There is obvious public interest in knowing whether state employees feel safe doing their jobs, and whether government agencies are being truthful about their public-health protocols. When workplace policies forbid sharing information learned on the job, public awareness suffers. The authors observe that – regardless of whether RAs are considered “students” or “employees” for First Amendment purposes – rules that forbid discussing their work are legally unenforceable and ill-advised public policy. 

Universities have ways of protecting legitimately confidential information short of gagging student housing employees entirely – and when a more narrow alternative would do the job just as well, the First Amendment requires taking that route. Because the RA/university relationship is such a coercive one, the article concludes, it is important for university policies to clearly protect student employees’ ability to speak about issues of public concern, and for courts to hold universities accountable when their policies fall short.

Soon-to-be-released book on combating disinformation

Lies that Kill: A Citizen's Guide to Disinformation

Disinformation made possible by rapid advances in cheap, digital technology, and promoted by organized networks, thrives in the toxic political environment that exists within the United States and around the world. In Lies that Kill, two noted experts take readers inside the world of disinformation campaigns to show concerned citizens how to recognize disinformation, understand it, and protect themselves and others. 

Using case studies of elections, climate change, public health, race, war, and governance, Elaine Kamarck and Darrell West demonstrate in plain language how our political, social, and economic environment makes disinformation believable to large numbers of people. 

Karmarck and West argue that we are not doomed to live in an apocalyptic, post-truth world but instead can take actions that are consistent with long-held free speech values. Citizen education can go a long way towards making us more discerning consumers of online materials and we can reduce disinformation risks through digital literacy programs, regulation, legislation, and negotiation with other countries.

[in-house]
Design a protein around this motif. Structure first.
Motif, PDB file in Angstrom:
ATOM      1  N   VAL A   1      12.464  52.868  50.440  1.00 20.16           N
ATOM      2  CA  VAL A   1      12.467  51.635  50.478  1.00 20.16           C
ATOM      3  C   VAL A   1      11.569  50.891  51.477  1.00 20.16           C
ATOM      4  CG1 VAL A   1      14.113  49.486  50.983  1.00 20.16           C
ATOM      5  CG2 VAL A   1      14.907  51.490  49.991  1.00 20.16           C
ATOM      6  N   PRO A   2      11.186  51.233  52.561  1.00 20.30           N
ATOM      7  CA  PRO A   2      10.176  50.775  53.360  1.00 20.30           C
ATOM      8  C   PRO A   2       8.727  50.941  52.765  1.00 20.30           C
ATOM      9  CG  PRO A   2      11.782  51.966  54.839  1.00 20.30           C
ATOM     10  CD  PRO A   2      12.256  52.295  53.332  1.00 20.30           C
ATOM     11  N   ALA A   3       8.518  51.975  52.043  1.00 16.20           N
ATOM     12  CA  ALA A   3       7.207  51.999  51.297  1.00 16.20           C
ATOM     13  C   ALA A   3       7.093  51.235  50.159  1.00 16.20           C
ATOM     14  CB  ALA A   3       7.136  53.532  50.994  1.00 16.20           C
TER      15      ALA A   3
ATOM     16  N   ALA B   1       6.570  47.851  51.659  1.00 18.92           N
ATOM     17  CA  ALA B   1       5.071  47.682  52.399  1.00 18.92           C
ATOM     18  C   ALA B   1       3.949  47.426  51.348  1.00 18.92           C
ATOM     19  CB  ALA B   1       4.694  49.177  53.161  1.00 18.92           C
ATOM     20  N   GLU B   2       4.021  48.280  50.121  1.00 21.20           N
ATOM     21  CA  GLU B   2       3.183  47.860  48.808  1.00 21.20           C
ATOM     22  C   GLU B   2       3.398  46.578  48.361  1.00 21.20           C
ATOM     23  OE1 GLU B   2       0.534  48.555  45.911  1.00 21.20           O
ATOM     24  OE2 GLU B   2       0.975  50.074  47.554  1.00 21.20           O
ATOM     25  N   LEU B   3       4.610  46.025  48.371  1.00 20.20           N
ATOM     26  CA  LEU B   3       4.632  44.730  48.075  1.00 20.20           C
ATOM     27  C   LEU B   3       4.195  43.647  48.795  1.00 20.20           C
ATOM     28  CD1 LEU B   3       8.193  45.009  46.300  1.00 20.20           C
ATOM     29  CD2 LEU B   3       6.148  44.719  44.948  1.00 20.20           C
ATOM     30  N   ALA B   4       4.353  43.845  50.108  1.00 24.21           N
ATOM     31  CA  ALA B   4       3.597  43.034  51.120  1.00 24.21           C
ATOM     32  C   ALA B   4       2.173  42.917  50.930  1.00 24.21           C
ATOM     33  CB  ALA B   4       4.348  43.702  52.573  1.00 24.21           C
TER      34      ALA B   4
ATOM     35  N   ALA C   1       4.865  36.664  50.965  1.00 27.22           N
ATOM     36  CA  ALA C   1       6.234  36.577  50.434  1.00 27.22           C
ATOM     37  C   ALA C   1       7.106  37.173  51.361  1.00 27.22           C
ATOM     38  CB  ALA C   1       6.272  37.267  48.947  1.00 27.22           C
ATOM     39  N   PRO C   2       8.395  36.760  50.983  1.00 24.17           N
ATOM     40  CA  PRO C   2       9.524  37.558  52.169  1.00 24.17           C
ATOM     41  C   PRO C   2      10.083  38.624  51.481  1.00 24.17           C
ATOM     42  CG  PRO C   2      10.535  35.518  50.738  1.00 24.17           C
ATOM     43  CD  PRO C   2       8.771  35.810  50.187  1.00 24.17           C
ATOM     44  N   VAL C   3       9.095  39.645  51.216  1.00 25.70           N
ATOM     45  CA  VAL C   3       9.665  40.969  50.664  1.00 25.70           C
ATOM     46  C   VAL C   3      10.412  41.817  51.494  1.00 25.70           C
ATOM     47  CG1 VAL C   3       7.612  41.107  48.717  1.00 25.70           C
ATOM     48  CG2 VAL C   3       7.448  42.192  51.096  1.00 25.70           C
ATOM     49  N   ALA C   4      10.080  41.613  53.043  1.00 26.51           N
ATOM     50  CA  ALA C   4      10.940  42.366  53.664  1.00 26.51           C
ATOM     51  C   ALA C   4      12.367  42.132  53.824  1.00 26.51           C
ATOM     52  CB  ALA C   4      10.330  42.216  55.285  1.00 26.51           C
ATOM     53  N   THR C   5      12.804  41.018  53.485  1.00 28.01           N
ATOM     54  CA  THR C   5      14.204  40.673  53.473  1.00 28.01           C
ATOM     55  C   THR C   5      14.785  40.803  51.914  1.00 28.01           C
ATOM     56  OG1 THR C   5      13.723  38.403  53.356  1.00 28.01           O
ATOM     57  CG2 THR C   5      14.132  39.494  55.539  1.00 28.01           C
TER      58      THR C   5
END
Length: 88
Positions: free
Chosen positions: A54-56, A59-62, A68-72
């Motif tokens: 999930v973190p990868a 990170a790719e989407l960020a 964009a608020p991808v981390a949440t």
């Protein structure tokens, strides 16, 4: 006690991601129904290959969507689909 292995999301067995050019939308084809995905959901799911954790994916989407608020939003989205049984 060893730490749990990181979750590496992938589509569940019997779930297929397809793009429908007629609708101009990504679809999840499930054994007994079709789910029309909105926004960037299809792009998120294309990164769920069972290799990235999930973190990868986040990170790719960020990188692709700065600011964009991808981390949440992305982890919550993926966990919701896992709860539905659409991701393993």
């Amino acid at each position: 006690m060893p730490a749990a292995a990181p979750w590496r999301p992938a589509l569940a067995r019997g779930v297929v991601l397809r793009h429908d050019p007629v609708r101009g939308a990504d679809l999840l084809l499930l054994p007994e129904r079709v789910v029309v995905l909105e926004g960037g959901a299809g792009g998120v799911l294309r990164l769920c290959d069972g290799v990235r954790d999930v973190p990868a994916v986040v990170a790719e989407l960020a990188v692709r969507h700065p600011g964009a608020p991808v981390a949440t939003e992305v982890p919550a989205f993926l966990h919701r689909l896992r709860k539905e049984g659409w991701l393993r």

‘So to Speak’ podcast on Section 230

Did 26 words from an American law passed in 1996 create the internet?

Section 230 of the Communications Decency Act says that interactive websites and applications cannot be held legally liable for the content posted on their sites by their users. Without the law, it's likely Facebook, Amazon, Reddit, Yelp, and X wouldn't exist -- at least not in their current form. But some say the law shields large tech companies from liability for enabling, or even amplifying, harmful content.

On today's show, we discuss Section 230, recent efforts to reform it, and new proposals for content moderation on the internet.

Marshall Van Alstyne is a professor of information systems at Boston University.

Robert Corn-Revere is FIRE's chief counsel.

FIRE celebrates 25 years by honoring ‘25 Faces of Free Speech’

Group collage of the 25 Faces of Free Speech

For 25 years, FIRE has worked to keep the flame of First Amendment freedoms burning bright. Since our founding in 1999, we’ve managed to win pivotal victories, publish cutting-edge research, and educate countless Americans on their fundamental rights. And in recent years, we’ve protected these rights wherever they’re violated, both on campus and off. 

In celebration of how far we've come, we're shining a spotlight on 25 individuals who embody free speech values — even when the going gets tough. Their stories remind us that as often as speech comes under threat, it prevails because of the bravery of those who refuse to be silenced. We hope they inspire you, as they inspire us, to fight on.

More in the news

2023-2024 SCOTUS term: Free expression and related cases

Cases Decided

Review granted

Pending petitions

State action

  • Lindke v. Freed (Barrett, J., 9-0: “The state-action doctrine requires Lindke to show that Freed (1) had actual authority to speak on behalf of the State on a particular matter, and (2) purported to exercise that authority in the relevant posts. To the extent that this test differs from the one applied by the Sixth Circuit, we vacate its judgment and remand the case for further proceedings consistent with this opinion.”)
  • O’Connor-Ratcliff v. Garnier (Per Curiam: 9-0: “We granted certiorari in this case and in Lindke v. Freed (2024), to resolve a Circuit split about how to identify state action in the context of public officials using social media. Because the approach that the Ninth Circuit applied is different from the one we have elaborated in Lindke, we vacate the judgment below and remand the case to the Ninth Circuit for further proceedings consistent with our opinion in that case.”)

Review denied

Free speech related

Last scheduled FAN

FAN 426: Paul Clement hopes to file cert. petition calling on SCOTUS to overrule abortion buffer zone case

This article is part of First Amendment News, an editorially independent publication edited by Ronald K. L. Collins and hosted by FIRE as part of our mission to educate the public about First Amendment issues. The opinions expressed are those of the article’s author(s) and may not reflect the opinions of FIRE or Mr. Collins.